With some settings, we found that more bass was better tolerated depending upon where the Gain and Juice knobs were set. Spending some extra time getting to know the Hot Fuzz and its control sweeps was well worth the little extra effort.


The BAE Hot Fuzz was hot indeed! Our first sound test was in one of our home studios, where we had the perfect amp to mate it with. Considering fuzz is typically regarded as a ‘60s- and ‘70s-era tone, what better amp than the Metropoulos Metroplex to tone test with? It delivers a faithful tone reproduction of the ‘66 and ‘68 Marshall Plexi sound, and our BAE Hot Fuzz seemed to have been born to feed precisely into this sound. Dialing only the fuzz section in with all knobs at 12:00, the tone was a radical boost and squish from the solo amp tone. At this setting, the pedal was quieter than anticipated, too.
Pushing the gain in this setting yielded a bit more noise and a bit more aggression, and there was a point of diminishing return. Dialing the gain back a bit and pushing the juice knob gave us more of that fuzz-type compressed tone that we associate with classic fuzz. Pushing either knob past 12:00 was useful, but increased the noise level. Pushing both the Gain and the Juice knobs past high noon resulted in an uncontrollable, beautiful fuzzy mess! We had noise, we had feedback, we had victory, and most of all, we had earplugs, too!

The Bass and Treble knobs during this sound test seemed to be highly reliant on one another. Just like Gain and Juice, you can push one, but pushing both resulted in pushing the fuzz harder, too. Getting a balance (or unbalance, if we wanted) of these four knobs yielded the magic in this fuzz box. Once we mated the fuzz with the amp to our liking and dialed everything in, we absolutely loved this pedal.

More subtle applications proved useful as well. With the Gain and/or Juice knobs below 12:00, the pedal served to not-so-radically change our amp tone, nor the amount of compression. Rather, it gave our lead lines an audible, highly desirable character. Good, dynamic tube gear and a great guitar as a starting point should have good distinction and character between the notes, and the BAE Hot Fuzz served only to enhance this.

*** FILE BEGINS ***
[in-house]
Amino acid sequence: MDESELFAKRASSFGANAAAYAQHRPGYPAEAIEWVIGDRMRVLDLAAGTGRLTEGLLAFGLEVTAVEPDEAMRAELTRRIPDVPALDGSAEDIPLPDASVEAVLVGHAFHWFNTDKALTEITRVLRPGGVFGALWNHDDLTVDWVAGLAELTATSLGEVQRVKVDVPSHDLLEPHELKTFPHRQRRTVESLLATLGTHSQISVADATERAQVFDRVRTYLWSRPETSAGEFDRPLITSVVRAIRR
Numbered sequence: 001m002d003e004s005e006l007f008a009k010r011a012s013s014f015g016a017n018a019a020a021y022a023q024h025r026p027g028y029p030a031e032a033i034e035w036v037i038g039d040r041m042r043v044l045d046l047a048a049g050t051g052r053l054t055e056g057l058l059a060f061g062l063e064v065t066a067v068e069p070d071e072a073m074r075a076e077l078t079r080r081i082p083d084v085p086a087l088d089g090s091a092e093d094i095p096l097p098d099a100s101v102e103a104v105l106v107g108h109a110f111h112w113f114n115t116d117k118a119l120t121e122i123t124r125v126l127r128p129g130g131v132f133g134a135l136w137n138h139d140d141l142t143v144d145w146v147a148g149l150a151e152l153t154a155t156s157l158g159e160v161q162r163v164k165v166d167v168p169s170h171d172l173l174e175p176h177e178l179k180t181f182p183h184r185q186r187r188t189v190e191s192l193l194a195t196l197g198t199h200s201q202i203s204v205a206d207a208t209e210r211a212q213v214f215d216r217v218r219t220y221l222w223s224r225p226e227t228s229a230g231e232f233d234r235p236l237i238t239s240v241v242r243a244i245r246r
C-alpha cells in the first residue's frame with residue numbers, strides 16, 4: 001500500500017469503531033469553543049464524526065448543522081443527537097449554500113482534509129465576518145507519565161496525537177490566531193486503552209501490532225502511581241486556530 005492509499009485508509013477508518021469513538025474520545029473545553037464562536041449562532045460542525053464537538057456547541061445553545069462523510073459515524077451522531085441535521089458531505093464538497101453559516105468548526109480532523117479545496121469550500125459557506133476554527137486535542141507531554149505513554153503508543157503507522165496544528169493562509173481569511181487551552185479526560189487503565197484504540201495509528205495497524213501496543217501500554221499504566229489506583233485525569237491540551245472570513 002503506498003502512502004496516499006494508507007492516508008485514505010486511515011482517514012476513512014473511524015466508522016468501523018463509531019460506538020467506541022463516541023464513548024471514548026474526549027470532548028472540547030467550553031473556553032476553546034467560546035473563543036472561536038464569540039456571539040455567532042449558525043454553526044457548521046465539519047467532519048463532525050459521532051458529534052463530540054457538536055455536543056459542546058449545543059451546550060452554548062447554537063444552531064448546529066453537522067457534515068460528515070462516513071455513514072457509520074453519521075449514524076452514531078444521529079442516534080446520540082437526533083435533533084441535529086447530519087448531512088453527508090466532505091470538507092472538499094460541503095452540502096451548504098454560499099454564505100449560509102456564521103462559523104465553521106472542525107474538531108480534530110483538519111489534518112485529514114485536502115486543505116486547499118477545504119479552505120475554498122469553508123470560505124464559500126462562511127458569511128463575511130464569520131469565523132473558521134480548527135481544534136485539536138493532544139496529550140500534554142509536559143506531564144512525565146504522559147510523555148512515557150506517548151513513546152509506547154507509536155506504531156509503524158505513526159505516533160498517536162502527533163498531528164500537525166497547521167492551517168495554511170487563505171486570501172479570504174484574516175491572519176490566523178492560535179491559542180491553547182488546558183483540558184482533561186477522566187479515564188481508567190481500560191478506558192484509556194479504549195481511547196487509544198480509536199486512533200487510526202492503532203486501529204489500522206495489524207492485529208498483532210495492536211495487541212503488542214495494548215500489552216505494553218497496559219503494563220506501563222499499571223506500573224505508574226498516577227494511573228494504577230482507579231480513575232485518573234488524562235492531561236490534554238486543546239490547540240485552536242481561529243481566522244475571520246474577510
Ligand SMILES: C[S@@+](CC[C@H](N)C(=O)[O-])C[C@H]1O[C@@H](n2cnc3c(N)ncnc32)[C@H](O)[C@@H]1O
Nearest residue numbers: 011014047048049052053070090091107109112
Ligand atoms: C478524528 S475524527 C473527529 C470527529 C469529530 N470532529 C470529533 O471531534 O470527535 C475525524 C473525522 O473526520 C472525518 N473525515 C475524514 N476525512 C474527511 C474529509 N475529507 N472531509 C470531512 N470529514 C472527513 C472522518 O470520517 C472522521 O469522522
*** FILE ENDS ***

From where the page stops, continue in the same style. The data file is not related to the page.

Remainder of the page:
Our second and final sound test was at a bar gig with over 100 in attendance. With a few Aerosmith tunes on the set list, we figured this was a perfect time to introduce our audience to some BAE magic. We figured correctly. Using the settings we liked in our first sound test, we used the pedal on more than just a few songs we intended. As an added benefit, the treble boost served as a fantastic, live, sound-cutting tool.

We didn’t care for what this pedal did to our rhythm sound (due to the fact that our amp’s gain was set on the high side, and lower amp gain settings produced more useful results), but for cutting through on lead work, it worked like a charm. Our lead playing felt like it was jumping off the fretboard, almost like an uber-compressed, pissed off, compressor pedal with a bad attitude. Mating this tone with our Eventide H9 auto-wah sound was awesome in its own right, too.

Documentation and Product Support

BAE  has a fantastic PDF manual on their website for the Hot Fuzz. Sure, you can just play around with the Hot Fuzz and figure out tones you like, but if you want to really understand what’s going on inside, and how the various controls work in relation to each other, the guitar, and the amplifier, then you’ll appreciate the supplied details as much as we do. Suggested settings and blank templates in the manual were very handy, too.
The pedal is built like a tank, even more so than tanks are, so we’re not worried about longevity here. Drop it on your toe and you’ll be sorry. But if you do need to reach out to BAE, phone support we’ve received in the past for their studio gear has been exemplary.

The standard one-year warranty increases to five years by simply registering products at the BAE website, so be sure to jump on that as soon as you can.


The BAE Hot Fuzz sells for $225, which is on the higher end for a fuzz box. Considering you get the highest quality components, hand-built in the USA, from such a respected company, we feel the BAE Hot Fuzz is worth top consideration in the boutique fuzz category. Although it’s a little pricey, it’s not completely unreasonable. Spare the popcorn at the movies next time out and strongly consider the BAE Hot Fuzz. Your ears and waistline will both be happier for it.

Contact Information

BAE Audio